First up, one of the Bills, Who’s as Old as the Hills, hobbled over for a grumble about the noisy baby.  As Bill is getting a little frail and senile, and is usually rather kindly, I let him have his rant in peace.

Next I stumbled into the path of Neville McKinnion, Who has Strong Opinions.  “You’re very courageous to be coming to Mass with the children” he smiled condescendingly, then added, with the air of one dropping a gentle hint, “when our four were small, Mavis and I would come to Mass separately and only bring the older ones.” As Neville raised his eyebrows impressively, I bit back the urge to enquire how many of these grown up children still went to church, as I knew it was a sore point for him.

I returned my tea cup to Barry O’Shane, Who Likes to Complain.  He was having a rant about how so few of the parish school families come to church on Sunday.

“They wouldn’t dare!” I snapped, and stalked out the door.

Except that that only happened in this blog post.  In real life, I smiled weakly and saved my angry rant for my wearily sympathetic husband in the car on the way home.  And in the two hours that followed.

I guess I’m not being entirely fair to my parish in this post.  I could have mentioned that Patricia Baelyn, Who Looks Like Sarah Palin, took Annie for cuddles and politely contradicted Bill for the parts of his rant that were readily coherent.  Or I could point out that most of the time people are warm and welcoming and that the Grumpy Old Men do have kind hearts and don’t shrink from hard work when it needs to be done.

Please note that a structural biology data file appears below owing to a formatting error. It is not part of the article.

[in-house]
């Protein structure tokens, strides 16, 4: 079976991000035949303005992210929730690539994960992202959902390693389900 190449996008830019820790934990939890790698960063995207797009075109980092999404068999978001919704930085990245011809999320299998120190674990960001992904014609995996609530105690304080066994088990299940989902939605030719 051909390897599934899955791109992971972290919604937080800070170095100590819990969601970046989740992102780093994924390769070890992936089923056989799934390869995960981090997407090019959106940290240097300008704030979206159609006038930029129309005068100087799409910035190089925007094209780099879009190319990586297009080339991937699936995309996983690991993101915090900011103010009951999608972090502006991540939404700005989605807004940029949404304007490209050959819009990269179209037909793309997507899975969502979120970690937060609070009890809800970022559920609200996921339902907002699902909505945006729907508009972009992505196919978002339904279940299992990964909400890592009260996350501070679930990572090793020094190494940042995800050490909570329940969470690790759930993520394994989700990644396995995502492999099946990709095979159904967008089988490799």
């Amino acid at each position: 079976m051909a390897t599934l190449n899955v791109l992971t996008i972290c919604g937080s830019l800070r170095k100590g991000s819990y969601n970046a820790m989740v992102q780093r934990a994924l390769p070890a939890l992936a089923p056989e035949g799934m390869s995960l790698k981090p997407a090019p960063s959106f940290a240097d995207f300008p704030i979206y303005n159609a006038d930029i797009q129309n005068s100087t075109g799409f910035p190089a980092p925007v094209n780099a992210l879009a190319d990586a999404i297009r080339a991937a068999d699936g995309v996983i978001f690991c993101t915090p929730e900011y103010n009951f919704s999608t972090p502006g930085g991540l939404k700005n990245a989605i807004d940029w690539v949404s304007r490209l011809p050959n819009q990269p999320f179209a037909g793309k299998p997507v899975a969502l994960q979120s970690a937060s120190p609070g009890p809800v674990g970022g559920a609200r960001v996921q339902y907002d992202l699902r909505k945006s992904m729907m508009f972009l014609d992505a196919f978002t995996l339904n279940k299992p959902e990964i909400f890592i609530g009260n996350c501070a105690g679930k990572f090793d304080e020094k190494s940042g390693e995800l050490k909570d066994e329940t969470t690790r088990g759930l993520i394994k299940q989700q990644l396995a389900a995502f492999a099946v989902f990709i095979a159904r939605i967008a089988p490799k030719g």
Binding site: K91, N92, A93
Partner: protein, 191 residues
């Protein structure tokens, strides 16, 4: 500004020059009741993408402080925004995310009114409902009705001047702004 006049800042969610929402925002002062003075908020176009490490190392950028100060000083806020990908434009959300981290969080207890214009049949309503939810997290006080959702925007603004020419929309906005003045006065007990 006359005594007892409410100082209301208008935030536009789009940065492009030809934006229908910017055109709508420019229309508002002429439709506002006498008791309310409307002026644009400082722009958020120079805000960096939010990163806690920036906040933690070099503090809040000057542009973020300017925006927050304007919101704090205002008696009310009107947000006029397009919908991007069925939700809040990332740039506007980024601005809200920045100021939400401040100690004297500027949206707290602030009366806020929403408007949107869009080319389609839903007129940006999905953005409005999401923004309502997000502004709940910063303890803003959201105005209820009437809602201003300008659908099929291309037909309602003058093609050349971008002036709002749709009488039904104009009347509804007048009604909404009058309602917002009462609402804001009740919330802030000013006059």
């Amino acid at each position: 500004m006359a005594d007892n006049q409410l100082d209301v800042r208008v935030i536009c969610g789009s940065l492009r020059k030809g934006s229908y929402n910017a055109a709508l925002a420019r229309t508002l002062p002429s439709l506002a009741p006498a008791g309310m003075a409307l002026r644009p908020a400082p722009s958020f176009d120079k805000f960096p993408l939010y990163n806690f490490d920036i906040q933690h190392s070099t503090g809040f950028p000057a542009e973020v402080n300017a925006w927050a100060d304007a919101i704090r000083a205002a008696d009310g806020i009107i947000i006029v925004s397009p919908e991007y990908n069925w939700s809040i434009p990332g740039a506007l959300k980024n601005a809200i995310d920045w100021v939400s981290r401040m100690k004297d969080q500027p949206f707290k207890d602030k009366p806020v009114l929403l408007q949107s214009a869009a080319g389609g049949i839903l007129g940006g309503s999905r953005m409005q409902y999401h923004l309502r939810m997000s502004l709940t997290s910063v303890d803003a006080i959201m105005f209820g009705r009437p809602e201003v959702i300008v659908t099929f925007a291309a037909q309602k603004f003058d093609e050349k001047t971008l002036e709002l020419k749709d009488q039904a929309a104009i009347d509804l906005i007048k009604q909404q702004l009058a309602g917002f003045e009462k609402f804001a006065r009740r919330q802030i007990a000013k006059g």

All the same, we went to the neighbouring parish on the Sunday that followed.   Sometimes it’s good to go to an anony-Mass…

Happy.

Making me happy this week:

Gardenia

These gardenias from my mother-in-law’s garden.  Their perfume make me think of my beautiful grandmother.

DSCF4887

Ditto these pink roses.

DSCF4875

Some green flummery.  It looks gross, but it’s sweet and light and tastes just like my childhood.

bunting invite

I fell in love with this beautiful invitation to a twenty-first birthday party.  It’s not even mine – it’s for three of my siblings (she misspelt “Jan, Cindy and Bobby”), but that’s not the point.  Oh, those darling tiny squares of fabric!  The little line of machine stitching on the paper!  Bunting always makes me smile inside.

 

 

Four Friends

Four hand-made friends given to me my children by my very talented Aunty.

Welcome to the Family

They were very quickly welcomed into the family.

OK, I must come clean: the handmade gifts did not arrive last week – I took the last two photos months ago and have been meaning to post about them ever since.  But aren’t they lovely?  I still smile when I look at them.

What’s making you smile this week?